Concerns have been raised that yesterday’s apparent good news about UK unemployment is in fact masking a crisis that has seen over a million people forced to take part-time work because they can’t find a full-time job.

Employment minister Chris Grayling declared it “welcome news” that unemployment had fallen by 45,000 to 2.6million in the three months leading to March 2012 – and the number of people in work increased by 105,000 to almost 30 million. But number-crunchers pointed out that this second figure is entirely due to a rise in part-time workers – many of whom are not doing it by choice.

Almost eight million people are now in a part-time job, the highest since records began in 1992, while those working part-time because they cannot find full-time work increased by 73,000 to a record high of 1.4 million. Self-employment has also reached a record figure of 4.1 million, up by 89,000 since the previous quarter.

David Cameron said he accepted that the new figures should be treated with caution, saying:

“We are not remotely complacent about this because although there is good news about youth unemployment and the claimant count coming down, there is still too many people in part-time work who want full-time work, and also we still have the challenge of tackling long-term unemployment.”

…but Unite general secretary Len McCluskey blasted the government for creating a “part-time, low-pay Britain”:

“The Chancellor has created a part-time, low-pay Britain with his austerity programme – a political path that is increasingly being rejected by other European countries, France being the most prominent example.”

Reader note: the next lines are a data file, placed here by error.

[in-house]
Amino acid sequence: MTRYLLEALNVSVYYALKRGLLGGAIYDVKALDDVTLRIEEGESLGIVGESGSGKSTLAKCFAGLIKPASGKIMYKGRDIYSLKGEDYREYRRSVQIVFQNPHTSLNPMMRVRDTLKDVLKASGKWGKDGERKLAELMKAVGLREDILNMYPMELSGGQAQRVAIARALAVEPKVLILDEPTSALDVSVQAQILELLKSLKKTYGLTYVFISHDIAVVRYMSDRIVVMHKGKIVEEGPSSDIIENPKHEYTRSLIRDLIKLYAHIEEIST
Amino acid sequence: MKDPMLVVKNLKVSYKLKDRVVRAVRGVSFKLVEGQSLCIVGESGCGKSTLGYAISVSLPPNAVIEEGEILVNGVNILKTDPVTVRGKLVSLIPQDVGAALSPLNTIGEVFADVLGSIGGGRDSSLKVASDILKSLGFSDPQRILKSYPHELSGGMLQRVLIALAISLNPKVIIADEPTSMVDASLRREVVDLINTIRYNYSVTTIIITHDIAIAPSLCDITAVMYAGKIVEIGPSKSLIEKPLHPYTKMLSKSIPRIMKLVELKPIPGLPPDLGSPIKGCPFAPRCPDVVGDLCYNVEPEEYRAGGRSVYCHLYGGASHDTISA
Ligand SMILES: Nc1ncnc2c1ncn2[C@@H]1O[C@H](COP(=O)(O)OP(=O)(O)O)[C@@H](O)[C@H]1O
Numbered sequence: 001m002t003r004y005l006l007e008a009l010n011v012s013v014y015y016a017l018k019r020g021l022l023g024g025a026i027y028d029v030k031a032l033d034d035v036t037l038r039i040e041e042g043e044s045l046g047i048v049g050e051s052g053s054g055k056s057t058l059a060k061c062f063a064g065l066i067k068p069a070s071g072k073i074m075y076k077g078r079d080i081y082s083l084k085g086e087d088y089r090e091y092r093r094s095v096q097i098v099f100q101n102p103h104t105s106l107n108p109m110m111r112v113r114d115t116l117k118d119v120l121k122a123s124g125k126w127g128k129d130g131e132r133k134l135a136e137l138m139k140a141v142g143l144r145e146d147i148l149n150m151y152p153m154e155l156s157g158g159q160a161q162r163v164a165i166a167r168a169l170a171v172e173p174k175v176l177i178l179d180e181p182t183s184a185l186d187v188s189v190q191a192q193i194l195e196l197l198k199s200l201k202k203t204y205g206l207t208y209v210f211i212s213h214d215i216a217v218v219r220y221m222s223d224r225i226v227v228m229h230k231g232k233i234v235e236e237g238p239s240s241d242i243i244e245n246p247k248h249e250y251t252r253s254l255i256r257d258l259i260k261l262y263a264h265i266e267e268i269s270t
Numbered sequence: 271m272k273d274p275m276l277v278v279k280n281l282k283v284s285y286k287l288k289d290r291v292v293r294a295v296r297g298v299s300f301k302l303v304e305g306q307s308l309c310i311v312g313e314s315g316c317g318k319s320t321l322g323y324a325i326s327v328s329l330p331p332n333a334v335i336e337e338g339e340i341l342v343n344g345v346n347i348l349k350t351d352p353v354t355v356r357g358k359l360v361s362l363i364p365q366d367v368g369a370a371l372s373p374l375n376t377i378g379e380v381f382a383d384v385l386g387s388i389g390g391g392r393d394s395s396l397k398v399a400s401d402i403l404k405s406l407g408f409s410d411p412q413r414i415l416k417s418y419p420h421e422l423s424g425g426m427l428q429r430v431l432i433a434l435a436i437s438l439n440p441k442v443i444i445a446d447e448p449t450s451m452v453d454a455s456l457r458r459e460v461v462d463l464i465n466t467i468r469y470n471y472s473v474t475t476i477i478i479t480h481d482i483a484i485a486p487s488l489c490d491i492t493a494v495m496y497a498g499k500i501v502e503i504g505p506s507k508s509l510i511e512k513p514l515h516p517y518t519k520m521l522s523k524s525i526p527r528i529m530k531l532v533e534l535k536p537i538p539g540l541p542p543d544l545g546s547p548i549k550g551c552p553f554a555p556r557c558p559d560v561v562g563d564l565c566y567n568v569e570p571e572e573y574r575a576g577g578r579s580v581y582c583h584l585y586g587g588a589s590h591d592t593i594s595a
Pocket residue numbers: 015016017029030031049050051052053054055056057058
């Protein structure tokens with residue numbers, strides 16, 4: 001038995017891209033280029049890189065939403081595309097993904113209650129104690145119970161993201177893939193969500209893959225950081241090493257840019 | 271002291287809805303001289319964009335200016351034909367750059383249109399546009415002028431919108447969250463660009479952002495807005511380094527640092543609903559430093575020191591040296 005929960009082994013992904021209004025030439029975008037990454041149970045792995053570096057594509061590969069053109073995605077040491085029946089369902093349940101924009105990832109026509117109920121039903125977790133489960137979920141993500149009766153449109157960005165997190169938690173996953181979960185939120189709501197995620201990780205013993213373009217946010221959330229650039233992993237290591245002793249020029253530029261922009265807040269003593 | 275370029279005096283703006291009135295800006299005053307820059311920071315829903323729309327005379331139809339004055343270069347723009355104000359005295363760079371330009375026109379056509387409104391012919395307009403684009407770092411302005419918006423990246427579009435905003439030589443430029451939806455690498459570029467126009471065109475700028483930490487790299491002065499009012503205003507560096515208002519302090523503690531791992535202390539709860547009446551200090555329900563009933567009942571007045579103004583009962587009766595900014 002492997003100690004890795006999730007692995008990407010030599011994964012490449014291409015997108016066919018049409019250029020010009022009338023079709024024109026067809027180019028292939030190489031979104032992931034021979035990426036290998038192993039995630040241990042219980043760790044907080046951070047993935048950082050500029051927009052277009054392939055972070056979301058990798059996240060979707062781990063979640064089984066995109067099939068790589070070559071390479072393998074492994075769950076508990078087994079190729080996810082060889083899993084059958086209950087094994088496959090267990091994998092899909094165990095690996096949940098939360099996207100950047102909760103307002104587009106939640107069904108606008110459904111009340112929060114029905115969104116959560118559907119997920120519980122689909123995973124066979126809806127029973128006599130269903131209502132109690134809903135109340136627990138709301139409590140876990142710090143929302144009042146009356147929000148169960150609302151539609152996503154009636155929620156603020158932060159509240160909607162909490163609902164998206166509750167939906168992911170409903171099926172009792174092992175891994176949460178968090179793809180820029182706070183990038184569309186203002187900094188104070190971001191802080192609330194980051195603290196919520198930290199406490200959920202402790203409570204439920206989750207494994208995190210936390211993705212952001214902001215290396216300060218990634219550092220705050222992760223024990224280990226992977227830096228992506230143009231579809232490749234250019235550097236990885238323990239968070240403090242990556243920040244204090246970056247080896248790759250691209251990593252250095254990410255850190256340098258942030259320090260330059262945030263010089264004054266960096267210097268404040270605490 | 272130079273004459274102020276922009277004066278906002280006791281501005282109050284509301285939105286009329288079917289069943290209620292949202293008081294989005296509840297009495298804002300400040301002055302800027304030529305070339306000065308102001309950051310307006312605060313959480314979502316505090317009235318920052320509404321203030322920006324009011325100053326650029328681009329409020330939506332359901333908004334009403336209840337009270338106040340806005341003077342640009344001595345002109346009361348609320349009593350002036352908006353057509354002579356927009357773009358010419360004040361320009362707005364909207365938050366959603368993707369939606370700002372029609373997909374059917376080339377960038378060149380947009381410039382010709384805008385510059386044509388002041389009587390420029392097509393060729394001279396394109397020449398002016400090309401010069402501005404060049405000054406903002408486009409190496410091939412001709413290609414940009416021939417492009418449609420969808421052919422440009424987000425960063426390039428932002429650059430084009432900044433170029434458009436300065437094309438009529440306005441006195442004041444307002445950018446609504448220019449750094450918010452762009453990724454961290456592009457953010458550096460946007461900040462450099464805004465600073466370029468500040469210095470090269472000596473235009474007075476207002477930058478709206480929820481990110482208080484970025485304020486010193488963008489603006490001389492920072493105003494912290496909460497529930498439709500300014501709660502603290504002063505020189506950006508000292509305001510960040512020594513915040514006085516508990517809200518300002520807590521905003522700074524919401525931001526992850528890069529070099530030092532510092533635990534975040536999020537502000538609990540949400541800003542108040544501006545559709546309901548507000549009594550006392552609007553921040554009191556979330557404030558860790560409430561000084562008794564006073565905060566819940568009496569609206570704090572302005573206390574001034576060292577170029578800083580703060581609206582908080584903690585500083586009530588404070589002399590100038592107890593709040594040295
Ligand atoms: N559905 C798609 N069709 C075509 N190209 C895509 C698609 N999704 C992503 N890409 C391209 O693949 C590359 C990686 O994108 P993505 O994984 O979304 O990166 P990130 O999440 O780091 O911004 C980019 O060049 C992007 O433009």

And TUC general secretary Brendan Barber said:

“The falling number of full-time jobs and the 6% fall in real wages over the last two years means that people are having to make huge salary sacrifices and put their careers on hold just to stay in work.”

Graduate Fog is hearing growing anecdotal evidence of graduates taking whatever work they can find – often several part-time jobs – to try and cobble together something resembling a half-decent monthly wage. Many of you are being forced to put your career plans on ice indefinitely while you try and find work that will help you pay the rent. We have also not forgotten that the many graduates working as unpaid (or very low-paid) interns will also not be counted as unemployed, as they cannot claim jobseekers’ allowance. So how accurate is the picture painted by this new batch of statistics?

What are you doing – and is the work related to your long-term career plans? Do you have more than one part-time job? How hard is it to find full-time work at the moment?

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